Program Motivation and Description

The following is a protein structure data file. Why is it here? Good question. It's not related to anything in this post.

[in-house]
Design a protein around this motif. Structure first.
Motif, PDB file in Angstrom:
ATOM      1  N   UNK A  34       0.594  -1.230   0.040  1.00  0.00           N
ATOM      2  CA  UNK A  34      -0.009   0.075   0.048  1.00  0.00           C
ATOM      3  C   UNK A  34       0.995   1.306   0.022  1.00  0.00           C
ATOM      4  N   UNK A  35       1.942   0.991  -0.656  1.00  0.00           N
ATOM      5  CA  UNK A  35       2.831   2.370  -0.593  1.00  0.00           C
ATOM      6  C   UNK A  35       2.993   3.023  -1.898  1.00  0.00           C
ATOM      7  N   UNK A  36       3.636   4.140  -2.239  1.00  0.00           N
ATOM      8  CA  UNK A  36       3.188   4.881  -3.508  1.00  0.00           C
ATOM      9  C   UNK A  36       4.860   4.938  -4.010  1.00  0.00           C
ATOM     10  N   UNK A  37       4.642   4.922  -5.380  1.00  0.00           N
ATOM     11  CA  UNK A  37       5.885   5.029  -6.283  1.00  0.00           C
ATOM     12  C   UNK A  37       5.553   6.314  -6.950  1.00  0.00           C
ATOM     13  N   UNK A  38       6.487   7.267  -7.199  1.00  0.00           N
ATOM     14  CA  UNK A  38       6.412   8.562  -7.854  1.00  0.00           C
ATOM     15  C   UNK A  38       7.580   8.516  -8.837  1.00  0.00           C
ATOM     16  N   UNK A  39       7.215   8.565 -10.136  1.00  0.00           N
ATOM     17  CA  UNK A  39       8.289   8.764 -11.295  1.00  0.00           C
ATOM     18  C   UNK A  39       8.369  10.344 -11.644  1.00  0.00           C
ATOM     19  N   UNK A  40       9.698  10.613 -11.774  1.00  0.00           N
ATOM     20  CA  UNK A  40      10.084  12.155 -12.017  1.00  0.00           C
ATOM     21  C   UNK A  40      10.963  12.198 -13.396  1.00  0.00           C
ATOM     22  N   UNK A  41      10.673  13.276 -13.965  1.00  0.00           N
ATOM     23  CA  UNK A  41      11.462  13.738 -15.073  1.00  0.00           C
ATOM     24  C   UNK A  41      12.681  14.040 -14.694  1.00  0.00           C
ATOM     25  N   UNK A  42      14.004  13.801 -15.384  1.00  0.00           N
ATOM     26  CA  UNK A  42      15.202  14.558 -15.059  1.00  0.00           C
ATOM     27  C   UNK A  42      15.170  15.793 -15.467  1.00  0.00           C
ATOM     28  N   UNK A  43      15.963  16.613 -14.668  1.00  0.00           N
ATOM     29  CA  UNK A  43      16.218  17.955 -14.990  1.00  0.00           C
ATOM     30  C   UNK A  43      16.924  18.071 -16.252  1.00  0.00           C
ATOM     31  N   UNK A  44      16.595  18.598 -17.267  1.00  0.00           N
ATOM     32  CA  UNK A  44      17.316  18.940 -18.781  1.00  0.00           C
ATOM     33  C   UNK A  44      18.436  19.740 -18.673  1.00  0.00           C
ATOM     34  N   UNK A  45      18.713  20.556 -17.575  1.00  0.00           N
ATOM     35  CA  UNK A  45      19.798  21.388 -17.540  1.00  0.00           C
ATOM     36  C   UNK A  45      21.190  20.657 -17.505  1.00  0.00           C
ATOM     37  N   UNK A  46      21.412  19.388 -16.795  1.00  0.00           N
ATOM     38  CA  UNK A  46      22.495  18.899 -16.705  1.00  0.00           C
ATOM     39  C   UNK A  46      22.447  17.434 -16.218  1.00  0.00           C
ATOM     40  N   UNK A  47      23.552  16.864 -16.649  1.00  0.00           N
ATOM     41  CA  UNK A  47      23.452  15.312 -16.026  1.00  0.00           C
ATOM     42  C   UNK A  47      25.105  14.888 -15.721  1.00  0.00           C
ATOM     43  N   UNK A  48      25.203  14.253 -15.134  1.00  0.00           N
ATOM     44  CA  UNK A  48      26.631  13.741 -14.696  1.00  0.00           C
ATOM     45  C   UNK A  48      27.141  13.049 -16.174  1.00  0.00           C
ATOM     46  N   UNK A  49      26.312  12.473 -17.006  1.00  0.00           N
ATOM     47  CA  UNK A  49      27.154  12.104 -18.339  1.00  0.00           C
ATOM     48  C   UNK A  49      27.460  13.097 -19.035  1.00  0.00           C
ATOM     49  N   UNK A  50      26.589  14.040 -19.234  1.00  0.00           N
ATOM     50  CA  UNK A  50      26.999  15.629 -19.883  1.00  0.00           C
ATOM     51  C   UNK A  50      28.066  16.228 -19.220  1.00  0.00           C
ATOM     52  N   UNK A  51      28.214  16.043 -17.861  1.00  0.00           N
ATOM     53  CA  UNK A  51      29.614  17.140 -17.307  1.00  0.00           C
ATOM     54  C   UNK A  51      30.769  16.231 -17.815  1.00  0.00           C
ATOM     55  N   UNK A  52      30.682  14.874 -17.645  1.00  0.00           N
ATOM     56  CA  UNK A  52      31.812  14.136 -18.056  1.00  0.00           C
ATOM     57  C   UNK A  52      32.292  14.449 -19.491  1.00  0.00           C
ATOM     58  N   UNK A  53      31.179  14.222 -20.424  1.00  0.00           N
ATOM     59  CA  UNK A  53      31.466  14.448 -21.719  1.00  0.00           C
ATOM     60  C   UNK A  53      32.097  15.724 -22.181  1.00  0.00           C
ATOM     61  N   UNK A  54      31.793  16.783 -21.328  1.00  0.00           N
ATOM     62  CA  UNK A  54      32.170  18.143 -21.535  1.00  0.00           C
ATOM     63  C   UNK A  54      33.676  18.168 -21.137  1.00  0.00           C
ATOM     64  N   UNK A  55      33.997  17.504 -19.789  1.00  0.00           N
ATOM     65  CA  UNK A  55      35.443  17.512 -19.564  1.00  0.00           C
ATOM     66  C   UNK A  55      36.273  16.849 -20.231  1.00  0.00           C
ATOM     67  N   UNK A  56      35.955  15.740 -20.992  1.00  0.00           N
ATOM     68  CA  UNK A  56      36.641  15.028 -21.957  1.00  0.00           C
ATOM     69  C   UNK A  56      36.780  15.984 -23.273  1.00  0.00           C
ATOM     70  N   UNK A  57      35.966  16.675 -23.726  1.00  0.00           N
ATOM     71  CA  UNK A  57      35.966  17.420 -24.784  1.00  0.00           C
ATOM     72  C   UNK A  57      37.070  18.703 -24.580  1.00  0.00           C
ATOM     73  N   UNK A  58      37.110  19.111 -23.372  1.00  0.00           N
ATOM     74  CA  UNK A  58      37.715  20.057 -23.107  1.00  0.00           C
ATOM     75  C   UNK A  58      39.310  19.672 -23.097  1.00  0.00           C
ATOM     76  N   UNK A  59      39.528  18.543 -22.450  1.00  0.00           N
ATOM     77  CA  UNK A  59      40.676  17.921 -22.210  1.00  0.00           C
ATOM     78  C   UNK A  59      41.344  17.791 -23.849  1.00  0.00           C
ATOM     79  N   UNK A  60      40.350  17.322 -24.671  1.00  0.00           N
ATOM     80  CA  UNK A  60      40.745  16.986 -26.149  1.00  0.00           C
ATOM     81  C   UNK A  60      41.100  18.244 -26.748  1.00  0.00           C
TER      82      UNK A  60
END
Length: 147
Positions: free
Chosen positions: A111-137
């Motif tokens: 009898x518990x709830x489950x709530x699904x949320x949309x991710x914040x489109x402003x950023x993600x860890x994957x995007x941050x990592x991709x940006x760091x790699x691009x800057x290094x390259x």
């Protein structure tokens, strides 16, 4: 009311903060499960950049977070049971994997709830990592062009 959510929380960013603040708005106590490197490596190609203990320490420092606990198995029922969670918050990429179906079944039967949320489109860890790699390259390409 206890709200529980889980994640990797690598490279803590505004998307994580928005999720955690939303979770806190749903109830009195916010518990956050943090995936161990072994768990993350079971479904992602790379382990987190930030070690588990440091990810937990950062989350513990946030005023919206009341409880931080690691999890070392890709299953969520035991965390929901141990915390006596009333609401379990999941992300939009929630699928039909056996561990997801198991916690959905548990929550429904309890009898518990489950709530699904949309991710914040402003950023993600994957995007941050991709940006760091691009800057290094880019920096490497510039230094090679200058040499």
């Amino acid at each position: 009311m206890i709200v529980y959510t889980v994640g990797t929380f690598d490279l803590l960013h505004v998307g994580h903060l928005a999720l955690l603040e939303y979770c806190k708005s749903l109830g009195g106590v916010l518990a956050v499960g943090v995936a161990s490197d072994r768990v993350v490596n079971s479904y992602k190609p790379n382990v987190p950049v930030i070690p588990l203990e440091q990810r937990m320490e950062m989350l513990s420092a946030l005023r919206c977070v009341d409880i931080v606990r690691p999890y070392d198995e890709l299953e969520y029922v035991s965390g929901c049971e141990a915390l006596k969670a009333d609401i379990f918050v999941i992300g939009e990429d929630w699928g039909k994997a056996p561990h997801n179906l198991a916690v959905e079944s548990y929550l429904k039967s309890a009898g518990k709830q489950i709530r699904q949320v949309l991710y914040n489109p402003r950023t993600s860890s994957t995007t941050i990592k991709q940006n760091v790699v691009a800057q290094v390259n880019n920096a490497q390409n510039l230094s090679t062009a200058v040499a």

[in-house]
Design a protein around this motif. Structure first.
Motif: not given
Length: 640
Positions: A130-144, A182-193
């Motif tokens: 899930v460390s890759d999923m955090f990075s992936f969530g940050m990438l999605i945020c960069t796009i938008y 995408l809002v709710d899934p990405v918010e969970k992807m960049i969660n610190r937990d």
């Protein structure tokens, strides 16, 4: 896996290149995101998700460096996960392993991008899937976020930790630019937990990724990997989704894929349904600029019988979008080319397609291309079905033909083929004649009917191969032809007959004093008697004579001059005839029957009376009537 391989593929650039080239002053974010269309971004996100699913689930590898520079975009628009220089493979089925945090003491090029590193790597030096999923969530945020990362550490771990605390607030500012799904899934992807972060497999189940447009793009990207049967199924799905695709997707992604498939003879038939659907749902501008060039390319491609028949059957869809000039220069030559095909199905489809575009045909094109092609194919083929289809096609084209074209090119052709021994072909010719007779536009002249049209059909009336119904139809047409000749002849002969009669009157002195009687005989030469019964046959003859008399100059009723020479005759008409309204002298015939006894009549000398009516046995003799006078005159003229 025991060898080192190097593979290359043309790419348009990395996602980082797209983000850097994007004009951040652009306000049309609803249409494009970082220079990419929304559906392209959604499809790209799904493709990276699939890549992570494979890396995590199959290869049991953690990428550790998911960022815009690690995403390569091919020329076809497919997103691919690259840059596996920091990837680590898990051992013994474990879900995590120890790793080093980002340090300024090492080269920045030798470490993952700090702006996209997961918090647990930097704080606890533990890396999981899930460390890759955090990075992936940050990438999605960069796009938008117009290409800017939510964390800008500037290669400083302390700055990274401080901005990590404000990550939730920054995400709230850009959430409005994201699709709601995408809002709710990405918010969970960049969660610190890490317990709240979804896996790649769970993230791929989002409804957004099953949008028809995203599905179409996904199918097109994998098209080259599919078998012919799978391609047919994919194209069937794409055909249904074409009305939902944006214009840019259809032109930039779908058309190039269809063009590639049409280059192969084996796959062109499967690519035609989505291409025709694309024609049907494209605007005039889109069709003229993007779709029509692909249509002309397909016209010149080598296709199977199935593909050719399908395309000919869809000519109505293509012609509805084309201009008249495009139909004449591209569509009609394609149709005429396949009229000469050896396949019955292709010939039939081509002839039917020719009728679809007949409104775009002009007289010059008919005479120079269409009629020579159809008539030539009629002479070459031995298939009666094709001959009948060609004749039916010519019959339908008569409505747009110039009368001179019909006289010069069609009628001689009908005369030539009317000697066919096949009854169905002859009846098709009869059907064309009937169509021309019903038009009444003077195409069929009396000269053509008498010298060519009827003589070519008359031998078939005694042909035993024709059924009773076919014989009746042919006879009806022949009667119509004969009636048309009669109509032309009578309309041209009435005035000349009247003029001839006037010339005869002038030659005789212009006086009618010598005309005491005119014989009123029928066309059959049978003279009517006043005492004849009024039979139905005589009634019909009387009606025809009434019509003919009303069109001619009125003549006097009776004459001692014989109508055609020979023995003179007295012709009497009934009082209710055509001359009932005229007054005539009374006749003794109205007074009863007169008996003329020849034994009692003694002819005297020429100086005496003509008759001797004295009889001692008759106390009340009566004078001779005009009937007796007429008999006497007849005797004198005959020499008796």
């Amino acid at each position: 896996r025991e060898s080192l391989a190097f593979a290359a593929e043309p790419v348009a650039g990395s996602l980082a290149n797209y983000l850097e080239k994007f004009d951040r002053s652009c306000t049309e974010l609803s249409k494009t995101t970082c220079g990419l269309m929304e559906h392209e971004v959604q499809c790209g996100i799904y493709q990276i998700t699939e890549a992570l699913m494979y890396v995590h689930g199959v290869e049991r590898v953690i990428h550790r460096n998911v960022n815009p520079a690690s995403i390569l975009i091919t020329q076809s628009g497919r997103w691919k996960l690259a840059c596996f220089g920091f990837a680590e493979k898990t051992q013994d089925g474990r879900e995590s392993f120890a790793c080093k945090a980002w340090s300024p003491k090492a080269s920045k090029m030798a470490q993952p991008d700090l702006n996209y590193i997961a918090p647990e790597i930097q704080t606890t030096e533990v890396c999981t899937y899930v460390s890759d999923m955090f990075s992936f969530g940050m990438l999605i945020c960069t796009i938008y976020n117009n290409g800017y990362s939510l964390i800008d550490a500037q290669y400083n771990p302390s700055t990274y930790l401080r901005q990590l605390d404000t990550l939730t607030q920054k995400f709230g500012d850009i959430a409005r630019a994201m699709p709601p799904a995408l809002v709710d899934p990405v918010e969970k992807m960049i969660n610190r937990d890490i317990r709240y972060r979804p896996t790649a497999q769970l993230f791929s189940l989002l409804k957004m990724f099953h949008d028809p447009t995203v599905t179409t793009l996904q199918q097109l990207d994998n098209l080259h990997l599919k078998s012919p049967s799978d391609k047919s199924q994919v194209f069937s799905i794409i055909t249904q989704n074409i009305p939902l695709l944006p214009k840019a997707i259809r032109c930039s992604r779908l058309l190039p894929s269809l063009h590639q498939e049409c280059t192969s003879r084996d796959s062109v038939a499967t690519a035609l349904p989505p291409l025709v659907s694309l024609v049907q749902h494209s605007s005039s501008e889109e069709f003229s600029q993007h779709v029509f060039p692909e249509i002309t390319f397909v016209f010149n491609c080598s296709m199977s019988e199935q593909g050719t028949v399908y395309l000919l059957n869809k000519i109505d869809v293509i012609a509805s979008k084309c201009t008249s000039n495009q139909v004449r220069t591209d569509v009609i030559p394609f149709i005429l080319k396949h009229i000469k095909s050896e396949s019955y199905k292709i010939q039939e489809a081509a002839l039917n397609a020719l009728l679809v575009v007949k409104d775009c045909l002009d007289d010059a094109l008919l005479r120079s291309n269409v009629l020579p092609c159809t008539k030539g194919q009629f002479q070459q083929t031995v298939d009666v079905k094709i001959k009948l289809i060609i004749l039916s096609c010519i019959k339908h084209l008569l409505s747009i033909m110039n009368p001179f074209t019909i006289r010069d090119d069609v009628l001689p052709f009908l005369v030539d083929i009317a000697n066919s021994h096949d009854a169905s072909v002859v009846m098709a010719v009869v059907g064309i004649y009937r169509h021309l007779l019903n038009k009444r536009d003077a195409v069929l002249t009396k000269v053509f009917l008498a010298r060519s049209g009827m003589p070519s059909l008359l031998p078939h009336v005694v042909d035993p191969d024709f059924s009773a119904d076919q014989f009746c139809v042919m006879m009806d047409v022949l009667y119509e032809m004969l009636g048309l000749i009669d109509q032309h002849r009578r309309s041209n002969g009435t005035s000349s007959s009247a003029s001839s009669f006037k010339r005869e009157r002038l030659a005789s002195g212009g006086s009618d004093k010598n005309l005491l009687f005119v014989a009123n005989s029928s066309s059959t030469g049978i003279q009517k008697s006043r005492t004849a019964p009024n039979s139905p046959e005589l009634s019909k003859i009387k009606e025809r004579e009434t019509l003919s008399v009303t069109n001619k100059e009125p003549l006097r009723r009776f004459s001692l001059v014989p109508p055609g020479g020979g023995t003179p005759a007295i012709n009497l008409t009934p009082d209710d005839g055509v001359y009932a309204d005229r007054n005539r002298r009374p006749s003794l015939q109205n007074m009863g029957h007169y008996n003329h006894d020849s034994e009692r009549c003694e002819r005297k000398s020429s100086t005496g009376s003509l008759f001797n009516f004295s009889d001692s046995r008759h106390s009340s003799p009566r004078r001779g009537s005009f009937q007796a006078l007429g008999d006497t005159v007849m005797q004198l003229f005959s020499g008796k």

Rural Minnesota is enjoying a relatively new phenomena, the “Brain Gain”, a trend of population increases in ages 30-49 into rural areas across Minnesota. This trend, highlighted in the 2012 report by Benjamin Winchester, Continuing the Trend: The Brain Gain of the Newcomers A GENERATIONAL ANALYSIS OF RURAL MINNESOTA MIGRATION, 1990-2010, is bringing a resurgence to rural Minnesota as many of these newcomers are highly educated with families, which ultimately impacts the community in a positive way. The report states “The leaders found that the top reasons cited for migration to rural Minnesota include: 1) a desire for a simpler life, 2) safety and security, 3) affordable housing, 4) outdoor recreation, and 5) for those with children, locating a quality school. Surprisingly, jobs were not found in the top 10 reasons. In short, the decision to move was based on concerns about quality of life.” This report lends credibility to the position taken by NMF in 2003—that talent has become the main driver of regional economic development and that Quality of Place is the essential ingredient in attracting and retaining a talented workforce. This “Brain Gain” provides northwest Minnesota with an opportunity to boost a trend already moving in a positive direction.